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Photo: Michael Reynolds - Pool/Getty Images

President Trump is expected to decide in the next several days whether to present the White House's Middle East peace plan before Israel's March 2 elections, Israeli and U.S. sources told me.

Why it matters: If the plan is presented before the Israeli elections, it could influence the campaign and possibly provide a boost to embattled Prime Minister Benjamin Netanyahu. If Trump decides to wait, it could become difficult to present the plan at a later stage because of the presidential campaign in the U.S.

Behind the scenes: There have been intense deliberations over the past several days among the Trump advisers tasked with dealing with this issue. Trump himself still hasn’t had a discussion with his team on whether to present the plan before the Israeli elections.

Israeli and U.S. sources tell me Trump’s decision will be influenced by several factors:

  • Developments in the impeachment process in Congress.
  • The meetings Trump and his senior adviser Jared Kushner will have with different leaders from the Middle East and Europe during the World Economic Forum in Davos this week, where the peace plan will be one of the topics raised.
  • Kushner is expected to travel from Davos to Jerusalem on Wednesday to participate in the Fifth World Holocaust Forum, where he is likely to meet Netanyahu and his political opponent Benny Gantz — the leader of the Blue and White party — and discuss the peace plan.

Between the lines: Netanyahu wants the White House to present the plan in order to shift the focus of his campaign away from his corruption cases. Gantz wants the White House to wait and has even argued that releasing the peace plan ahead of the elections would amount to electoral interference.

White House officials told me Trump still hasn’t made a decision, but didn't deny that one could be coming soon.

Go deeper: Netanyahu faces new political headwinds ahead of election

Go deeper

Updated 37 mins ago - Health

California surpasses 50,000 COVID-19 deaths

A man prepares a funeral arrangement in in Los Angeles, California, Feb. 12. Photo: Mario Tama/Getty Images

California's death toll from COVID-19 surpassed 50,000 on Wednesday, per Johns Hopkins data.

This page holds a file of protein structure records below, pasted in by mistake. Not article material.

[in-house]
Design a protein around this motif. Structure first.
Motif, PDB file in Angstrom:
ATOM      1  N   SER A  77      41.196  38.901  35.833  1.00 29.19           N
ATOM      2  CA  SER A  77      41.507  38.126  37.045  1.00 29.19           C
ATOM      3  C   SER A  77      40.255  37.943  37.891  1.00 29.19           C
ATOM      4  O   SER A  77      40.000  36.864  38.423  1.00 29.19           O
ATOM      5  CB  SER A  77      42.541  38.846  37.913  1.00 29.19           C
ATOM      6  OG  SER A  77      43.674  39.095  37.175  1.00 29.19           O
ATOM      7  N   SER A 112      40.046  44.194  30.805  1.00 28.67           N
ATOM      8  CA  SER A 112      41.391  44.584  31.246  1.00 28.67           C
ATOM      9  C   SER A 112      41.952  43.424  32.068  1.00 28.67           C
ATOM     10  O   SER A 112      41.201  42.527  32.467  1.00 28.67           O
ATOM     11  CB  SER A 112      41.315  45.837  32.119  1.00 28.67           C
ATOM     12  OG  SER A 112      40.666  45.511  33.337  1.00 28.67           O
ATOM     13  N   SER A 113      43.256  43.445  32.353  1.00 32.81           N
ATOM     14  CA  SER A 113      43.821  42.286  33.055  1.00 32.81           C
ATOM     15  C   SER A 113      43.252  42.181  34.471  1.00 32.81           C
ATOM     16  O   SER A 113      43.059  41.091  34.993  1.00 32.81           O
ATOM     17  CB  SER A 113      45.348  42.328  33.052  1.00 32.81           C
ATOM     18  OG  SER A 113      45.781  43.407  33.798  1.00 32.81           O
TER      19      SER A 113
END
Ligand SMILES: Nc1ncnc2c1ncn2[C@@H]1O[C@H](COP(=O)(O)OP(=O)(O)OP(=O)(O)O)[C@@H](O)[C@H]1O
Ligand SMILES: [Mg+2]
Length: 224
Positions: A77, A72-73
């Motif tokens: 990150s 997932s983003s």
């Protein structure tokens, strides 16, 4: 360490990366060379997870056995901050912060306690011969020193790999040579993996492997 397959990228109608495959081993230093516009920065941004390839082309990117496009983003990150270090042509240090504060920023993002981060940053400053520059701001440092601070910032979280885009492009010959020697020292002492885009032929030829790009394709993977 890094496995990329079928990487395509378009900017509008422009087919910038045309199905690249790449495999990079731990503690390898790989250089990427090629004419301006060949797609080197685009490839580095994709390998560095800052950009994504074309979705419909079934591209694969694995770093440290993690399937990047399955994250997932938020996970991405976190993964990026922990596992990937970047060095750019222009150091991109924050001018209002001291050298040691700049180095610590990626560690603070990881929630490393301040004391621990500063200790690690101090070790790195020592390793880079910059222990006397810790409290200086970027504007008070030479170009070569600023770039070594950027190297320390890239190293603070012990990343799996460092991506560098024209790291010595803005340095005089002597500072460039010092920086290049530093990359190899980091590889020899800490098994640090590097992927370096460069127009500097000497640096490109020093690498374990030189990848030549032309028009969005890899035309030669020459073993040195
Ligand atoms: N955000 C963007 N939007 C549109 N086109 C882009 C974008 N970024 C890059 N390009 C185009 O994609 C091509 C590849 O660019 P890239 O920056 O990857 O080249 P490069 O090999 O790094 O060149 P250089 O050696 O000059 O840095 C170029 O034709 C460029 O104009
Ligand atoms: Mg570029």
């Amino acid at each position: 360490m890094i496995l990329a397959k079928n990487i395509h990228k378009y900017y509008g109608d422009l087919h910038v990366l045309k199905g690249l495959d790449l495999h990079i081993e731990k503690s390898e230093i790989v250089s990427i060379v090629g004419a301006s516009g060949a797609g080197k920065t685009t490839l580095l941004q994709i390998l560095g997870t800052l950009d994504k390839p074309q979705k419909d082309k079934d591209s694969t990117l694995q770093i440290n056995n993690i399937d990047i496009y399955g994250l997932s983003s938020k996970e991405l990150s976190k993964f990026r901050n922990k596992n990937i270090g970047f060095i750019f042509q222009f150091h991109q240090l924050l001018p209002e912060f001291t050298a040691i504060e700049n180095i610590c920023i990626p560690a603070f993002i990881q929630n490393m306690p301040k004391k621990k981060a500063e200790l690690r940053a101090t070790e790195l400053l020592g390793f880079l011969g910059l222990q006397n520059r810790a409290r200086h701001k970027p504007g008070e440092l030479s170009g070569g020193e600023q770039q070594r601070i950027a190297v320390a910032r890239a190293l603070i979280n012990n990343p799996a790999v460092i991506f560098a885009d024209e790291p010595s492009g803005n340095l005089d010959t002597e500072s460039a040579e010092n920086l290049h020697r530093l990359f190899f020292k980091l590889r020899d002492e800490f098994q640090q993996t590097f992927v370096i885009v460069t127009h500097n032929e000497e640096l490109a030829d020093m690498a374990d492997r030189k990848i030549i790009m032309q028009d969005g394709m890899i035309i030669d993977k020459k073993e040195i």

The big picture: It's the first state to record more than 50,000 deaths from the coronavirus.

2 hours ago - Technology

Facebook bans Myanmar military

A protester holds a placard with a three-finger salute in front of a military tank parked aside the street in front of the Central Bank building during a demonstration in Yangon, Myanmar. Photo by Aung Kyaw Htet/SOPA Images/LightRocket via Getty Images

Facebook said on Wednesday it would ban the rest of the Myanmar military from its platform.

The big picture: It comes some three weeks after the military overthrew the civilian government in a coup and detained leader Aung San Suu Kyi, causing massive protests to erupt throughout the country. Military leaders have been using internet blackouts to try to maintain power in light of the coup.

It's harder to fill the Cabinet

Data: Chamberlain, 2020, "United States of America Cabinet Appointments Dataset" Chart: Will Chase/Axios

It's harder now for presidents to win Senate confirmation for their Cabinet picks, an Axios data analysis of votes for and against nominees found.

Why it matters: It's not just Neera Tanden. The trend is a product of growing polarization, rougher political discourse and slimming Senate majorities, experts say. It means some of the nation's most vital federal agencies go without a leader and the legislative authority that comes with one.

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